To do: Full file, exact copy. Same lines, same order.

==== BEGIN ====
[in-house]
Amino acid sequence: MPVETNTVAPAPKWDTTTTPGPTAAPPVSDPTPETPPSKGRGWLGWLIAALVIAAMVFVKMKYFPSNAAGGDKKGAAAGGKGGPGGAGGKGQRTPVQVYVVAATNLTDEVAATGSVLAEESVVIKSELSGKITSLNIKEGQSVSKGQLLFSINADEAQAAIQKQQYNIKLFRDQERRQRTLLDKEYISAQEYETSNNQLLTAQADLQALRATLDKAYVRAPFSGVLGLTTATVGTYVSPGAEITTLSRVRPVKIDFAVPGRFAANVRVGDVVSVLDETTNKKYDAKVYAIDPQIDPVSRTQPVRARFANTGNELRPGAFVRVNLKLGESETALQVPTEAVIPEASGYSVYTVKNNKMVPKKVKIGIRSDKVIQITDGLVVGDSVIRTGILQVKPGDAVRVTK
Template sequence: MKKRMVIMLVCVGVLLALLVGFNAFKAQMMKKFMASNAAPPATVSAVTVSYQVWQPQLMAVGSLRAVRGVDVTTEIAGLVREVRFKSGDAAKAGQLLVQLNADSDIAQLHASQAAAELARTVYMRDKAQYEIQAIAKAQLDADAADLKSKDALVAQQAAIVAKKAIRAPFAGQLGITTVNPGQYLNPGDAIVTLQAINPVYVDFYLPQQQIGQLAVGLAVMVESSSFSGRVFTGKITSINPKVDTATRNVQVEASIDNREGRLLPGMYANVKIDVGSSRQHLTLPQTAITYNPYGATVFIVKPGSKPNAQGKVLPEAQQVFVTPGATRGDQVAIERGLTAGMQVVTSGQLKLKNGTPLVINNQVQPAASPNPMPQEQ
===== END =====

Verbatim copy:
[in-house]
Amino acid sequence: MPVETNTVAPAPKWDTTTTPGPTAAPPVSDPTPETPPSKGRGWLGWLIAALVIAAMVFVKMKYFPSNAAGGDKKGAAAGGKGGPGGAGGKGQRTPVQVYVVAATNLTDEVAATGSVLAEESVVIKSELSGKITSLNIKEGQSVSKGQLLFSINADEAQAAIQKQQYNIKLFRDQERRQRTLLDKEYISAQEYETSNNQLLTAQADLQALRATLDKAYVRAPFSGVLGLTTATVGTYVSPGAEITTLSRVRPVKIDFAVPGRFAANVRVGDVVSVLDETTNKKYDAKVYAIDPQIDPVSRTQPVRARFANTGNELRPGAFVRVNLKLGESETALQVPTEAVIPEASGYSVYTVKNNKMVPKKVKIGIRSDKVIQITDGLVVGDSVIRTGILQVKPGDAVRVTK
Template sequence: MKKRMVIMLVCVGVLLALLVGFNAFKAQMMKKFMASNAAPPATVSAVTVSYQVWQPQLMAVGSLRAVRGVDVTTEIAGLVREVRFKSGDAAKAGQLLVQLNADSDIAQLHASQAAAELARTVYMRDKAQYEIQAIAKAQLDADAADLKSKDALVAQQAAIVAKKAIRAPFAGQLGITTVNPGQYLNPGDAIVTLQAINPVYVDFYLPQQQIGQLAVGLAVMVESSSFSGRVFTGKITSINPKVDTATRNVQVEASIDNREGRLLPGMYANVKIDVGSSRQHLTLPQTAITYNPYGATVFIVKPGSKPNAQGKVLPEAQQVFVTPGATRGDQVAIERGLTAGMQVVTSGQLKLKNGTPLVINNQVQPAASPNPMPQEQ